Dual Credit Classes Save Time, Money for Motivated Students


Photo by: Chr

The College and Career office. Photo by Christian Casas de Leon.

As a new year starts, Dual Credit (DC) classes are starting off strong. DC students are preparing for another year of college-level classes; however, as seniors begin their final year the question on their minds is are DC classes worth the extra credit?

For senior Matthew Boodram, the answer is not so simple. Boodram has taken as many dual credit classes as possible during his high school years. During this time, Boodram has experienced first hand the pros and cons of DC classes. DC courses are college classes that are made available to high school students if they qualify for them, and students are expected to perform on a college-level at a younger age to be prepared for these classes.

Amber Stephens, Cy Creek’s college and Career Specialist, believes that even for students who are not interested in college in a traditional sense, DC classes can still provide benefits, such as career-related options.

“We have a program through our high school architecture classes that is dual credit that is called workforce dual credit,” said Amber Stephens.

Earning Dual Credit in the workforce will enable students to earn credits toward secondary certifications, such as a drafting certificate.

Due to the fast pace and advanced coursework, Dual Credit often demands more attention from students.

“I definitely have less free time in my life because of my DC classes,” said Boodram.

Even students such as Matthew find themselves struggling with balancing their school and personal lives. After earning their spot in DC classes, students still need to work hard to remain in those classes. However, learning time management may allow students to alleviate some of the stress.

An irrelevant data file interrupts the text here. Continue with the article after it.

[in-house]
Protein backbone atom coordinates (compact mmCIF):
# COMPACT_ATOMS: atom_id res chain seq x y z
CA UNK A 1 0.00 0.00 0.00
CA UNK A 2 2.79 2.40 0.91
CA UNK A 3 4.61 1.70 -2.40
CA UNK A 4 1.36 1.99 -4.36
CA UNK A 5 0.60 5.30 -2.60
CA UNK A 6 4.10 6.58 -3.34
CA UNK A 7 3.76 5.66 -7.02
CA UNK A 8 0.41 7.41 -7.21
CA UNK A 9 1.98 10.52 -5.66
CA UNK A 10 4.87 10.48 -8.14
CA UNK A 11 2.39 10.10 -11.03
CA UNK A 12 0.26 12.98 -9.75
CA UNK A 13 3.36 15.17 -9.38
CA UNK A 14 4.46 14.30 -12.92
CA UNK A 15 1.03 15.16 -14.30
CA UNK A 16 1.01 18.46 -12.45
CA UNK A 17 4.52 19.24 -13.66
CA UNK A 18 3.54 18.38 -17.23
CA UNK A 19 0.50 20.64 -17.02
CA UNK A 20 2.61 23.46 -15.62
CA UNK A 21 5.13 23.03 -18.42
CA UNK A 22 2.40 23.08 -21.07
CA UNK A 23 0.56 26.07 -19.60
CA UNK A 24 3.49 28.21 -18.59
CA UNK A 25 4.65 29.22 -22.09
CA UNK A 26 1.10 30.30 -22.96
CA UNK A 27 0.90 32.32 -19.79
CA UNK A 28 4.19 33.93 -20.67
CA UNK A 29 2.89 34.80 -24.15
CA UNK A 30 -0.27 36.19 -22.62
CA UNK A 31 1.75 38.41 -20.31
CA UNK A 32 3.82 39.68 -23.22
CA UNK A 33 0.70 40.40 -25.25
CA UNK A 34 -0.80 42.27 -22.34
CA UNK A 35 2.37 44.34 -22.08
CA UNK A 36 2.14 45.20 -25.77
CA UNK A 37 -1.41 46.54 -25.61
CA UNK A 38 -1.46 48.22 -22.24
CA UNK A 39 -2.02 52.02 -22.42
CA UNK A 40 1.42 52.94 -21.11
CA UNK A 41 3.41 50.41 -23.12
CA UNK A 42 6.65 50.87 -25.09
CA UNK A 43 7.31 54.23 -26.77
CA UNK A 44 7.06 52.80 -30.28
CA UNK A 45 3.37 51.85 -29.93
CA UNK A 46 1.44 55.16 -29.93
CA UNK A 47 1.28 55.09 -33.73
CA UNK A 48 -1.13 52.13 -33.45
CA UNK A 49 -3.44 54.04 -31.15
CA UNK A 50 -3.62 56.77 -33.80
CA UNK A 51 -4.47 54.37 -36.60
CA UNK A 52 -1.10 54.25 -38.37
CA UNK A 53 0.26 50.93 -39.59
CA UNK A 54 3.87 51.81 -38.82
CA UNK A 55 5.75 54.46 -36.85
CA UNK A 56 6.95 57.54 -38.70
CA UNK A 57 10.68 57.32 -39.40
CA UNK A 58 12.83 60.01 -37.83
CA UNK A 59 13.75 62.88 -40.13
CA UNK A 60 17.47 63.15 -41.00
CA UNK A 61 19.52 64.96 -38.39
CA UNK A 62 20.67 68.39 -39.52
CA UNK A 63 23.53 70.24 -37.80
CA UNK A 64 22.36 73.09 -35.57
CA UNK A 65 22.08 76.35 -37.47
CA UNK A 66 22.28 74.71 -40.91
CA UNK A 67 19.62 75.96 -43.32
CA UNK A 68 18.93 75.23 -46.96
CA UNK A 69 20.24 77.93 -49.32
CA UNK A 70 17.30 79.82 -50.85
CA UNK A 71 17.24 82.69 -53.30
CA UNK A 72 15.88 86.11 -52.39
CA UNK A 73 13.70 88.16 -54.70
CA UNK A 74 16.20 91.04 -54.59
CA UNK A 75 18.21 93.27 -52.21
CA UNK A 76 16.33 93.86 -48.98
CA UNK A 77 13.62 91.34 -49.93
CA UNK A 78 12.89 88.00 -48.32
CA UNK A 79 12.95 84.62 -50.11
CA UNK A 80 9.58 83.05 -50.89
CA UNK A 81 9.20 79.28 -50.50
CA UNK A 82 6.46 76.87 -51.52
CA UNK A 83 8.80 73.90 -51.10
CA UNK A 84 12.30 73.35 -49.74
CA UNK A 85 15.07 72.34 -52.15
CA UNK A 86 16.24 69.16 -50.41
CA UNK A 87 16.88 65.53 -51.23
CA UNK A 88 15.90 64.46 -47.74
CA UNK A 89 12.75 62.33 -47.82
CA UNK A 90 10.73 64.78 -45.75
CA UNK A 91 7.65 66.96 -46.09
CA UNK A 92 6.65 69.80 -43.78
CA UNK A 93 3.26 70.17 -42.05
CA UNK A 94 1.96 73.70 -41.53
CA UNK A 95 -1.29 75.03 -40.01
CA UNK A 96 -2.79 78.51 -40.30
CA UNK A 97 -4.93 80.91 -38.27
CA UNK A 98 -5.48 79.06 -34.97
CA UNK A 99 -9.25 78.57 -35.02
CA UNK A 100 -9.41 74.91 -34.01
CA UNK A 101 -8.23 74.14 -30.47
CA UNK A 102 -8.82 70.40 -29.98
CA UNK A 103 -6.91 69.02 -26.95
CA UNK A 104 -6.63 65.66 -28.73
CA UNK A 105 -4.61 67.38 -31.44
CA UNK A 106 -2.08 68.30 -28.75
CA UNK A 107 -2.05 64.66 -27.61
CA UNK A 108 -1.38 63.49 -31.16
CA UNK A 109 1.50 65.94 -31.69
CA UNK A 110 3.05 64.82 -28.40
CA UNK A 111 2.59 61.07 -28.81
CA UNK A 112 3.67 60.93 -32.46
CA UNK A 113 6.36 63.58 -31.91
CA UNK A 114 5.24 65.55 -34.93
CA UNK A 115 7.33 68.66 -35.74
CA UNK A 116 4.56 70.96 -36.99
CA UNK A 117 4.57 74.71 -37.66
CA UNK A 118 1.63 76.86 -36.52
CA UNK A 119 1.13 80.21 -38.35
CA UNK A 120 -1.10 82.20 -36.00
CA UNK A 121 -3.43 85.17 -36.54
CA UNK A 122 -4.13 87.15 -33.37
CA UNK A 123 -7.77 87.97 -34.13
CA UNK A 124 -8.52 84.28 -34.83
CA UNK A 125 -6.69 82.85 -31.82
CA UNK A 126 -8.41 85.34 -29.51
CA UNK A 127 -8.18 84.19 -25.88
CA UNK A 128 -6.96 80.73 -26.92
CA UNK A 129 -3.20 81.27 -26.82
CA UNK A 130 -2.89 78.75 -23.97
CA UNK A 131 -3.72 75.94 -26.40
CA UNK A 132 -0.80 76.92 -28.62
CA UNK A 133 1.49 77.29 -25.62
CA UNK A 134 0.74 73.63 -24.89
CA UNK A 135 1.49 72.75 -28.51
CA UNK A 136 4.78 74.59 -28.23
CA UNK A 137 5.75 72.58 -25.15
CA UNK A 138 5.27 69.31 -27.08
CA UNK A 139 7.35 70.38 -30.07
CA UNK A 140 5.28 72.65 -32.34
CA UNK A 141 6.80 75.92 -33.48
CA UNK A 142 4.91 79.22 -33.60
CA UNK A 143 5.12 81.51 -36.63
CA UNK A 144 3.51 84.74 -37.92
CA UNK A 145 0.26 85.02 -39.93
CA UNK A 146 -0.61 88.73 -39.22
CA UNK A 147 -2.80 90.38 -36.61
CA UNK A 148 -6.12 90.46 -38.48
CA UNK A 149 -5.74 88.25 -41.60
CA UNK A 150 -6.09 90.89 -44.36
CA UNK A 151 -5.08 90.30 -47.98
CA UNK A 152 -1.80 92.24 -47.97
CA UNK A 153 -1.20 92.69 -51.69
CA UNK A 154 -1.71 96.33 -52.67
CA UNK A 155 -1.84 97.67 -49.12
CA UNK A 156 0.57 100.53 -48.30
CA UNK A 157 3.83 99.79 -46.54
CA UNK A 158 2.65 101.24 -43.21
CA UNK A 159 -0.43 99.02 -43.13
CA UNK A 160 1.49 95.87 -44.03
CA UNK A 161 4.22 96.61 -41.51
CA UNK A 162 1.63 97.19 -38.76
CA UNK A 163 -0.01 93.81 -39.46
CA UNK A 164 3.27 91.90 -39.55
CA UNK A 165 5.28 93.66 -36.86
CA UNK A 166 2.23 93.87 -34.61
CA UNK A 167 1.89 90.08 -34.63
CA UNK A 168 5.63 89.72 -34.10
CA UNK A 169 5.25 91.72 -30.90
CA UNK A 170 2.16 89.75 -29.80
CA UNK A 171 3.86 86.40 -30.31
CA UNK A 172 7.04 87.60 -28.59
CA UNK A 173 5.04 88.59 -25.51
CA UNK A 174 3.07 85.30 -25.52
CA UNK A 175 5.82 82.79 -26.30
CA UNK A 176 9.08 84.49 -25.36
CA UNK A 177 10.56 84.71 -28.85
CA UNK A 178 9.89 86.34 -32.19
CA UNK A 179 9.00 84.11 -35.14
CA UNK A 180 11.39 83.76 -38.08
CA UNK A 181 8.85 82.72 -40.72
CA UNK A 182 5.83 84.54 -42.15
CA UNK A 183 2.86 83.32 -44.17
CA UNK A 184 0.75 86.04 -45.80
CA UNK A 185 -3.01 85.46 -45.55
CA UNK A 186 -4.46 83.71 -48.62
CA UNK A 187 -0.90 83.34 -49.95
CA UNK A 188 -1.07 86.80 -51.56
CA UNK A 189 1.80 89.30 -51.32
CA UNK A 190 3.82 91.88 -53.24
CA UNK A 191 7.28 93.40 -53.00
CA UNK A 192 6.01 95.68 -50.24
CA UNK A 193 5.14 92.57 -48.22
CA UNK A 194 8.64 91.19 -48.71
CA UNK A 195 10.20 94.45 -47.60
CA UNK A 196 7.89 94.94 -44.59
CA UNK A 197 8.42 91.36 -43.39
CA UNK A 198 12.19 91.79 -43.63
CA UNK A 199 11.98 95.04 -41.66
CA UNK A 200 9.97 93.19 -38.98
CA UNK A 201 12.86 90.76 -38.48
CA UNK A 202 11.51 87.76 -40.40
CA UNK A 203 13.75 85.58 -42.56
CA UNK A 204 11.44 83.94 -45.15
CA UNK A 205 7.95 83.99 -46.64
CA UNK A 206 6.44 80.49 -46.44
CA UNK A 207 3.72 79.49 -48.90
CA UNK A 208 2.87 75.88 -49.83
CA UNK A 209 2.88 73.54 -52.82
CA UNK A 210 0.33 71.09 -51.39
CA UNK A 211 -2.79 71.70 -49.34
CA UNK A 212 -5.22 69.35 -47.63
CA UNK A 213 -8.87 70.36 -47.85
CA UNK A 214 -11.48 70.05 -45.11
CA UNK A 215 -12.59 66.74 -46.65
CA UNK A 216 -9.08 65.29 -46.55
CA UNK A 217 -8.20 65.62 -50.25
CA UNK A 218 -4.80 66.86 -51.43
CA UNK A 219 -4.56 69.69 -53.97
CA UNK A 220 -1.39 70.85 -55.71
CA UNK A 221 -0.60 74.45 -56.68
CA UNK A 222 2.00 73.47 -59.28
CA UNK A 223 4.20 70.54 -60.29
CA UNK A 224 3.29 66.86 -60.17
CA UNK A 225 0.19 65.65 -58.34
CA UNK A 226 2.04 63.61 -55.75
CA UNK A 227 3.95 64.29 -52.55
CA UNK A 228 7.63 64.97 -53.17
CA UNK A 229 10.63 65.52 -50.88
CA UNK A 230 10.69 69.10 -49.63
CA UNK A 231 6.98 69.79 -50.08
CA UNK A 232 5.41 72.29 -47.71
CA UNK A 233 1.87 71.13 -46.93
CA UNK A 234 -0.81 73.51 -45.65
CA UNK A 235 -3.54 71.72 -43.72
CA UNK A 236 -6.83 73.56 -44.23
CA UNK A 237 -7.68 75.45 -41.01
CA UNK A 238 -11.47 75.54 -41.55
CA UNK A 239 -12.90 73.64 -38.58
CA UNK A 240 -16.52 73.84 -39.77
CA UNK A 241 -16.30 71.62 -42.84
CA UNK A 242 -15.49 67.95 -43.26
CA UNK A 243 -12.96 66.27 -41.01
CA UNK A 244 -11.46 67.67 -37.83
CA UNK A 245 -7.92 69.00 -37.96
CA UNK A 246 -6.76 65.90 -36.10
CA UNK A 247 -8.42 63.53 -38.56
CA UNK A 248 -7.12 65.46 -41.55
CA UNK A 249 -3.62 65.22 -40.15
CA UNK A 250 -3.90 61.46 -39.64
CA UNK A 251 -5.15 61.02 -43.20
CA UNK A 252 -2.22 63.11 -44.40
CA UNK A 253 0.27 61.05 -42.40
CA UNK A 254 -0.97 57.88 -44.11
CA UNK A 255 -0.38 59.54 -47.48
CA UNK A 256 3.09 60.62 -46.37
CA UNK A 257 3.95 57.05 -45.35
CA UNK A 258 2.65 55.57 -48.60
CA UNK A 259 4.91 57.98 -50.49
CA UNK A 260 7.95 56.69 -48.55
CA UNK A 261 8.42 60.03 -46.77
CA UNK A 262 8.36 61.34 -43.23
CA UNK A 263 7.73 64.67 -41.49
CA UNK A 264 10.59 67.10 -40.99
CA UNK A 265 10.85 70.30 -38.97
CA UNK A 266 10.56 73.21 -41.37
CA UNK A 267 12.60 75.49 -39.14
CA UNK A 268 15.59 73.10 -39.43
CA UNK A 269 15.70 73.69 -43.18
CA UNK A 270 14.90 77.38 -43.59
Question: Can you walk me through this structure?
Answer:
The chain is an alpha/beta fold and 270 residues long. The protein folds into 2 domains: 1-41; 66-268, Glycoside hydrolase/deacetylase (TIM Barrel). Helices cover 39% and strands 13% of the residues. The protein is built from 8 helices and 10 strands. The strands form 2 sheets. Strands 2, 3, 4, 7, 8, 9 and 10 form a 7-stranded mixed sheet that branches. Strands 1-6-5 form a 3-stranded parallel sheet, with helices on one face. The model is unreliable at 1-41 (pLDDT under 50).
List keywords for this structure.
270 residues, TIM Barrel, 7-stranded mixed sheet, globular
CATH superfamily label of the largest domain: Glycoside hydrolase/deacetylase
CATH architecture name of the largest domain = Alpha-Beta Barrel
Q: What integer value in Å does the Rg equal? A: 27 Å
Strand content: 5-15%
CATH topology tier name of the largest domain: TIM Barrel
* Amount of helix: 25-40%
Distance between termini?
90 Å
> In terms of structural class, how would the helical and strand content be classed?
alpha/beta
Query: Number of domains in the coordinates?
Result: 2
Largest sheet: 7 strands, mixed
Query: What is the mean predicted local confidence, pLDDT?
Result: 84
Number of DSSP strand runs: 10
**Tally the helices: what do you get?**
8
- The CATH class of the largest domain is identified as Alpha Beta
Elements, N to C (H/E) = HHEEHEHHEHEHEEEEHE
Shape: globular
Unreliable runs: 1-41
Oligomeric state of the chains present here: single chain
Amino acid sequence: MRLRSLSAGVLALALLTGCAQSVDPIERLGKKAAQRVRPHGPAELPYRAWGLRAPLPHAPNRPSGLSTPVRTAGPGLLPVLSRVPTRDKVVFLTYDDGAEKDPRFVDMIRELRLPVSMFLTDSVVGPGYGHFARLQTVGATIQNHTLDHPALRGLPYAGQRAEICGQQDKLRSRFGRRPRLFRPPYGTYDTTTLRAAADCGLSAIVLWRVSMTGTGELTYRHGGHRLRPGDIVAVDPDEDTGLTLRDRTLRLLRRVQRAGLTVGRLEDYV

“When I first started DC classes I was surprised by how much more work there was, but once I started to learn how to manage my time things started to feel easier,” said Boodram.

Students who take on DC classes know of the workload, so why do they still choose to accept the challenge? The lower prices for college-level classes and the possibility of finishing college early appeal to students.

Typically a Dual Credit class at Cy Creek costs roughly $78, but students taking multiple classes can end up paying roughly $300 or $400.

“Even though it’s a cost savings, it’s still a cost, and students need to prepare for that,” Stephens said.

While taking Dual Credit classes can be a money saving option, students still need to be prepared to pay for these college-level courses.

Boodram intends to pursue a four year college plan to obtain his Masters, but instead of taking him four years, he plans to obtain his degree in three. Many students taking Dual Credit classes also plan to follow a similar path. Finishing college earlier than other students helps to put their names at the top of the list of future employers.

“I want to be able to earn my Masters early instead of needing four years,” Boodram said. “I’m planning to only need three because of my DC classes,” said Boodram.

Career-oriented students who already have their jobs and careers planned out see DC as an early head start in their respective fields of work. DC classes in a student’s transcript can also benefit students during college applications. DC classes also allow students to get a feeling of what a real college curriculum feels like.

Despite the benefits of DC, Boodram warns future students of the dangers of taking on too many DC classes.

“Future Dual Credit students should keep in mind that they are still high school students taking on college-level courses,” Boodram said. “It’s important to know your limits and to remember to have a life outside of school.”

Dual Credit classes, while tempting for college-bound students, also come with additional stressors. Students are encouraged to take DC classes; however, students must also put a lot of thought into whether or not DC and AP classes are the right fit for them.